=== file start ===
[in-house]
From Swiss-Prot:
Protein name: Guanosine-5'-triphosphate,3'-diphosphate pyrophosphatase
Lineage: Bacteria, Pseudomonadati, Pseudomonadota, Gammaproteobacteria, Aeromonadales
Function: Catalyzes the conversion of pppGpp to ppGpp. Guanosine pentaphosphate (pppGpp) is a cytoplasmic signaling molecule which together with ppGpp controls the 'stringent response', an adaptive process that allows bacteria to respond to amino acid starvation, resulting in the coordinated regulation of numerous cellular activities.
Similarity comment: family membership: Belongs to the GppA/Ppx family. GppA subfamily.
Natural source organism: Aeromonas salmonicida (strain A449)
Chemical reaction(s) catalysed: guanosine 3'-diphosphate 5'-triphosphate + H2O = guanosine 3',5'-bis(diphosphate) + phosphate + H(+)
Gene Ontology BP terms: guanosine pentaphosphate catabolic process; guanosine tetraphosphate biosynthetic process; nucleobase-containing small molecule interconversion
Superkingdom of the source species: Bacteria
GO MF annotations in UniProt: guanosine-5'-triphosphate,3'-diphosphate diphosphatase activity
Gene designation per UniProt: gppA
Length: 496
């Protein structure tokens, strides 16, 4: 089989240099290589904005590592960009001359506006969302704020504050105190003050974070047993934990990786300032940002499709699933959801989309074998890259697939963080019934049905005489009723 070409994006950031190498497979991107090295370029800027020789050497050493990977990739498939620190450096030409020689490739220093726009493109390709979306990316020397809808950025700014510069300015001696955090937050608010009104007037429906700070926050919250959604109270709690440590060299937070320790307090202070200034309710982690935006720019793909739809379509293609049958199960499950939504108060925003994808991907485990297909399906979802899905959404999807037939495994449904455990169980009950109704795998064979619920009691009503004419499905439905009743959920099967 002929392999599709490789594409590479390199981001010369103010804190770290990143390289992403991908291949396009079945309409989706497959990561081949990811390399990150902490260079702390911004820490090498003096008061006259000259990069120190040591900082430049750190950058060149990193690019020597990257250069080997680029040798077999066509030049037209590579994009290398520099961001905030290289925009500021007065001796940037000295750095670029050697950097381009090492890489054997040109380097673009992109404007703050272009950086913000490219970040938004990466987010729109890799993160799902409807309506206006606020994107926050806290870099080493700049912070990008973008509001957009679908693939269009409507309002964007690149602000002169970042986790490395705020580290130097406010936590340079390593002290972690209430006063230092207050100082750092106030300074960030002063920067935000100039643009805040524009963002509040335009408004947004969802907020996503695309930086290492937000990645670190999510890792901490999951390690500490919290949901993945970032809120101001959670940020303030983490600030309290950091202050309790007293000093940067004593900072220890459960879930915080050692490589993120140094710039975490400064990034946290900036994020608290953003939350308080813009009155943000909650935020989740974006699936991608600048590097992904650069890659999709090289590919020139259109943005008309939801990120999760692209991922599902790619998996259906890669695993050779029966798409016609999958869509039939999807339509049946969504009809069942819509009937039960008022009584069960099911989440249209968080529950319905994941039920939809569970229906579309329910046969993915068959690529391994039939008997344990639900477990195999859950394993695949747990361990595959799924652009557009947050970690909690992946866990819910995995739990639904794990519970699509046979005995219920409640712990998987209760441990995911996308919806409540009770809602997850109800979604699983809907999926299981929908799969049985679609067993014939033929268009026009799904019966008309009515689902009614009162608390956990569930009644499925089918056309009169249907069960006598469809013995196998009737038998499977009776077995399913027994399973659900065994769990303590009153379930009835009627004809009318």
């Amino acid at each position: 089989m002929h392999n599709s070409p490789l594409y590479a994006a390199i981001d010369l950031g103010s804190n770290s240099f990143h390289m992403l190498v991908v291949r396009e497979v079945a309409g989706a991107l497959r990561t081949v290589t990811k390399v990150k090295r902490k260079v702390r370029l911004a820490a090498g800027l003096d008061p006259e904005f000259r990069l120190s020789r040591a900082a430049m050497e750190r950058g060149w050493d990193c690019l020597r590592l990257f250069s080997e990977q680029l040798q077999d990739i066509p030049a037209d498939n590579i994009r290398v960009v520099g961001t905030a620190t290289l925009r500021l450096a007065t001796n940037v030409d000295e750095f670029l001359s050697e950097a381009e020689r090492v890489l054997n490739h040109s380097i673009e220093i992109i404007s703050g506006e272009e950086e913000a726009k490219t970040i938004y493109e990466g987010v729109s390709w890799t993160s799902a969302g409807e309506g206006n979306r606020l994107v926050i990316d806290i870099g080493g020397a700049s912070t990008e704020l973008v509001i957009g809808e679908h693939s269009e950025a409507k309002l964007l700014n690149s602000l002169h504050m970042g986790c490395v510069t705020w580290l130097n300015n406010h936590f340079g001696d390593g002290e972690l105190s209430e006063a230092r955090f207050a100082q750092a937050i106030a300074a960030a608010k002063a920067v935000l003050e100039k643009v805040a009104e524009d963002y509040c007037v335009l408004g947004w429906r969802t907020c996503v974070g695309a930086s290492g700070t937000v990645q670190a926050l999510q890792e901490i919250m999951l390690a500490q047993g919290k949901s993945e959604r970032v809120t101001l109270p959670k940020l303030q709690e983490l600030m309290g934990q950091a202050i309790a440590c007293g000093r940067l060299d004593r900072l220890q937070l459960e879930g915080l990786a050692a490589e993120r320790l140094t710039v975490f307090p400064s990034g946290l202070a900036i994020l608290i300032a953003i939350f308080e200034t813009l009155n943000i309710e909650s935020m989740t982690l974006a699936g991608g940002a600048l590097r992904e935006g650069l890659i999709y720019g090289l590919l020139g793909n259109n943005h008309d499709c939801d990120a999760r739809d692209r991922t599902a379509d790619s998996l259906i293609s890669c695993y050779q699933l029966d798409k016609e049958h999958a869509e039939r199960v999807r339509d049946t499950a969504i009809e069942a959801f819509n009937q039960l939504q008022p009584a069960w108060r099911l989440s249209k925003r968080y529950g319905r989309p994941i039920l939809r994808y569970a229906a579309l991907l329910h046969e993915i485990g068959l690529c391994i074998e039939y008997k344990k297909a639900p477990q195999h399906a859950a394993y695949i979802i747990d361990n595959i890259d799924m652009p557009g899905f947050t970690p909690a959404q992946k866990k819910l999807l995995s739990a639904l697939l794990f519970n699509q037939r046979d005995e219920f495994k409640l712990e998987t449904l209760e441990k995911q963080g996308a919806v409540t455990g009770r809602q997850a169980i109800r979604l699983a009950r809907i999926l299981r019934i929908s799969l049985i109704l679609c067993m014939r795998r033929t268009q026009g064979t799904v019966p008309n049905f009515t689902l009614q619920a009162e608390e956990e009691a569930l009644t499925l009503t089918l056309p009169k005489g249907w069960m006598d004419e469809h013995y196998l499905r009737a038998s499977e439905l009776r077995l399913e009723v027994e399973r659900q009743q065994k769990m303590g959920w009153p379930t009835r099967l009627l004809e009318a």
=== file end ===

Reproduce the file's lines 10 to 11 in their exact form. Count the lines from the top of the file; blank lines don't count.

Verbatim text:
Superkingdom of the source species: Bacteria
GO MF annotations in UniProt: guanosine-5'-triphosphate,3'-diphosphate diphosphatase activity